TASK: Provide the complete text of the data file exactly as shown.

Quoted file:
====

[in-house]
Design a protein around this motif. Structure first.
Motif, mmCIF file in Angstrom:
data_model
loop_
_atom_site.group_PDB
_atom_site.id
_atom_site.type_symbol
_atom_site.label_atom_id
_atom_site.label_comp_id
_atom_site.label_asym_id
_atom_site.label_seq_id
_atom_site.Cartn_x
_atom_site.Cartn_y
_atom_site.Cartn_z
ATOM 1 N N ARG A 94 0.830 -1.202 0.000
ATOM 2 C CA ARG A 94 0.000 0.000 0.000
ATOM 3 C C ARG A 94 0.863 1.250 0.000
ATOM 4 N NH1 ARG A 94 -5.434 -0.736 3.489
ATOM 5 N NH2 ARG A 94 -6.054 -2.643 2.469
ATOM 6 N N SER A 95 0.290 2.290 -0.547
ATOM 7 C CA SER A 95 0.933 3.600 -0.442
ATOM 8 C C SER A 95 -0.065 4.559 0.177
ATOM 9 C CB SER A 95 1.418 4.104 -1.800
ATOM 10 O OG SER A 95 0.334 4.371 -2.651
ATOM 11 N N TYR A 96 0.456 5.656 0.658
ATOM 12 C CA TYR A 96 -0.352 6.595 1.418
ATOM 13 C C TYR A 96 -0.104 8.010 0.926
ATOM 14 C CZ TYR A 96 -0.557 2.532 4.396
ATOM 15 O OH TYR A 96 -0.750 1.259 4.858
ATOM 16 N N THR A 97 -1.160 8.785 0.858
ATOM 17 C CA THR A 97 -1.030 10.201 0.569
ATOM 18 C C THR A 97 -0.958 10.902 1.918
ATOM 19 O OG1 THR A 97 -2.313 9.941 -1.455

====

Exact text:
[in-house]
Design a protein around this motif. Structure first.
Motif, mmCIF file in Angstrom:
data_model
loop_
_atom_site.group_PDB
_atom_site.id
_atom_site.type_symbol
_atom_site.label_atom_id
_atom_site.label_comp_id
_atom_site.label_asym_id
_atom_site.label_seq_id
_atom_site.Cartn_x
_atom_site.Cartn_y
_atom_site.Cartn_z
ATOM 1 N N ARG A 94 0.830 -1.202 0.000
ATOM 2 C CA ARG A 94 0.000 0.000 0.000
ATOM 3 C C ARG A 94 0.863 1.250 0.000
ATOM 4 N NH1 ARG A 94 -5.434 -0.736 3.489
ATOM 5 N NH2 ARG A 94 -6.054 -2.643 2.469
ATOM 6 N N SER A 95 0.290 2.290 -0.547
ATOM 7 C CA SER A 95 0.933 3.600 -0.442
ATOM 8 C C SER A 95 -0.065 4.559 0.177
ATOM 9 C CB SER A 95 1.418 4.104 -1.800
ATOM 10 O OG SER A 95 0.334 4.371 -2.651
ATOM 11 N N TYR A 96 0.456 5.656 0.658
ATOM 12 C CA TYR A 96 -0.352 6.595 1.418
ATOM 13 C C TYR A 96 -0.104 8.010 0.926
ATOM 14 C CZ TYR A 96 -0.557 2.532 4.396
ATOM 15 O OH TYR A 96 -0.750 1.259 4.858
ATOM 16 N N THR A 97 -1.160 8.785 0.858
ATOM 17 C CA THR A 97 -1.030 10.201 0.569
ATOM 18 C C THR A 97 -0.958 10.902 1.918
ATOM 19 O OG1 THR A 97 -2.313 9.941 -1.455